THE WINDOWrhythm, so that when stopping deliberately, as histurn came round again, at the window he bentquizzically and whimsically to tickle James’s barecalf with a sprig of something, she twitted him forhaving dispatched "that poor young man",Charles Tansley. Tansley had had to go in andwrite his dissertation, he said.

"James will have to write his dissertation oneof these days," he added ironically, flicking hissprig.

Hating his father, James brushed away thetickling spray with which in a manner peculiar tohim, compound of severity and humour, he teasedhis youngest son’s bare leg.

She was trying to get these tiresome stockingsfinished to send to Sorley’s little boy to-morrow,said Mrs. Ramsay.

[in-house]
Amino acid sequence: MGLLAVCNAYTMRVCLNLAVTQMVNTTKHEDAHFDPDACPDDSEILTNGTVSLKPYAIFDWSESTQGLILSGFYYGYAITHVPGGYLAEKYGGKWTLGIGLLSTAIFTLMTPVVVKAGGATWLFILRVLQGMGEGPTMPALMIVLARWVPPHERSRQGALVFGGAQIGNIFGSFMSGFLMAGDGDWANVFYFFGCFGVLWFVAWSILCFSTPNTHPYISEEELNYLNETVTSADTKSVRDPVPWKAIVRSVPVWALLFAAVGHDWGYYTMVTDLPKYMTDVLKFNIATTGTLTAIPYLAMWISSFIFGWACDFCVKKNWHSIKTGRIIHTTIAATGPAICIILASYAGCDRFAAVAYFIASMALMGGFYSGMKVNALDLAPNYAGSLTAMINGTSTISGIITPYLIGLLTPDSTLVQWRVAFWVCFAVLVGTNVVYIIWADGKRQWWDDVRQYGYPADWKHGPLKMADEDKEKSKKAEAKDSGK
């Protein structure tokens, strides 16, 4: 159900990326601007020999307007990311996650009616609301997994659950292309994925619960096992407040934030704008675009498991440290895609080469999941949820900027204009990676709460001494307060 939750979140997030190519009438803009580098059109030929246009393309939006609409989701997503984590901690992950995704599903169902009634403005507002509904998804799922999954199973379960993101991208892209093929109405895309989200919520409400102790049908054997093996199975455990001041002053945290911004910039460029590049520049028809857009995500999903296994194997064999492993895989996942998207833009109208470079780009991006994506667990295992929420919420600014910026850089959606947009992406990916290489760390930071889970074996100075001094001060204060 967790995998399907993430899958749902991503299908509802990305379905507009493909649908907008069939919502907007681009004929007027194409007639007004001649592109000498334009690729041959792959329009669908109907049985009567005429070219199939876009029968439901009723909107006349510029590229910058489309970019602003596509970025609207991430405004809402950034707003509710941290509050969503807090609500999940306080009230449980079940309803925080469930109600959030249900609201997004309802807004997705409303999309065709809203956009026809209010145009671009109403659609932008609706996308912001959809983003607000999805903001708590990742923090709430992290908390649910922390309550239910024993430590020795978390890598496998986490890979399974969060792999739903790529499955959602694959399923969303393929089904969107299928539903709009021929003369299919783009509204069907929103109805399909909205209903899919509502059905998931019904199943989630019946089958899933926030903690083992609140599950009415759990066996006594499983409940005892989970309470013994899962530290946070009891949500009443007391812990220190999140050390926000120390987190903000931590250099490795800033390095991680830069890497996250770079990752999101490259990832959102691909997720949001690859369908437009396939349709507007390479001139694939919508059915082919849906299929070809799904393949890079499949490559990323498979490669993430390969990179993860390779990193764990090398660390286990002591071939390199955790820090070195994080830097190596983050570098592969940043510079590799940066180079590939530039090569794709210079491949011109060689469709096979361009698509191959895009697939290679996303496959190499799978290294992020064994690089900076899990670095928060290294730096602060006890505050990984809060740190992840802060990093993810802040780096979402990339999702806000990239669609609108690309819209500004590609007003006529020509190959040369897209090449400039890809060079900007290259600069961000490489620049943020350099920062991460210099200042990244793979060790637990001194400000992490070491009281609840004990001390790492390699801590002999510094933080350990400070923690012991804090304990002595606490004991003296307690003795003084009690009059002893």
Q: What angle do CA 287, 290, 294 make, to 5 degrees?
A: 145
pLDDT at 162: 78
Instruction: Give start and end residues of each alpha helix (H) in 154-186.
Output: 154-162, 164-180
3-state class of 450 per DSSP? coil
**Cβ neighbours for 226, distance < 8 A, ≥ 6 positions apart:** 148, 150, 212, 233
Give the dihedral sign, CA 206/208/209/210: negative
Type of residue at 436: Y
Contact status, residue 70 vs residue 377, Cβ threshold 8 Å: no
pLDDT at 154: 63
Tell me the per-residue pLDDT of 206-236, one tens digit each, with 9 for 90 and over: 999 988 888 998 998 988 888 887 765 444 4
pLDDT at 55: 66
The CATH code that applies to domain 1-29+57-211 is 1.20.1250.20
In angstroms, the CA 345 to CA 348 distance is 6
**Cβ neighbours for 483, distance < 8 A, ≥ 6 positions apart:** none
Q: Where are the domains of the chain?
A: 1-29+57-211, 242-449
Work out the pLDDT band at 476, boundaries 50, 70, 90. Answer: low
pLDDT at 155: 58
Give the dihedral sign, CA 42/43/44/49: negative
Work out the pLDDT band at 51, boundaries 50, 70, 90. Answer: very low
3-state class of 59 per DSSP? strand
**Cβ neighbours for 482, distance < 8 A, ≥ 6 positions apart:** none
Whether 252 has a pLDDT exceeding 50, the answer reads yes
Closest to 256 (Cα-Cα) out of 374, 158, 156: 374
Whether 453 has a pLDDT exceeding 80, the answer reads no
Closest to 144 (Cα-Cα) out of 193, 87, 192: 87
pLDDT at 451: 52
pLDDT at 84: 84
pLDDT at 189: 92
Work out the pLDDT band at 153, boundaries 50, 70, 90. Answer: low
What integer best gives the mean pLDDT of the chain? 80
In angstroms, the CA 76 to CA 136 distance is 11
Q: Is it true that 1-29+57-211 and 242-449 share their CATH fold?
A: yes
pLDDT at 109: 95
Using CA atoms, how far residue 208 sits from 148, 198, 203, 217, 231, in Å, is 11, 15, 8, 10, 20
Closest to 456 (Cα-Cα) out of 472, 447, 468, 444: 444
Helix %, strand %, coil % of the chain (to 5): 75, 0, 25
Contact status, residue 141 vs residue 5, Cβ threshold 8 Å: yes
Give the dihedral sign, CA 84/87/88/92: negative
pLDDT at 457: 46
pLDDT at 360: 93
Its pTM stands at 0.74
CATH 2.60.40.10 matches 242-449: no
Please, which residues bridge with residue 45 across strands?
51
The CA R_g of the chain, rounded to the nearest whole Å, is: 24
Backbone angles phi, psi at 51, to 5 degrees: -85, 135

There wasn’t the slightest possible chancethat they could go to the Lighthouse to-morrow,Mr. Ramsay snapped out irascibly.

How did he know? she asked. The wind oftenchanged.

The extraordinary irrationality of her remark,the folly of women’s minds enraged him. Hehad ridden through the valley of death, beenshattered and shivered; and now she flew inthe face of facts, made his children hope whatwas utterly out of the question, in effect, told53
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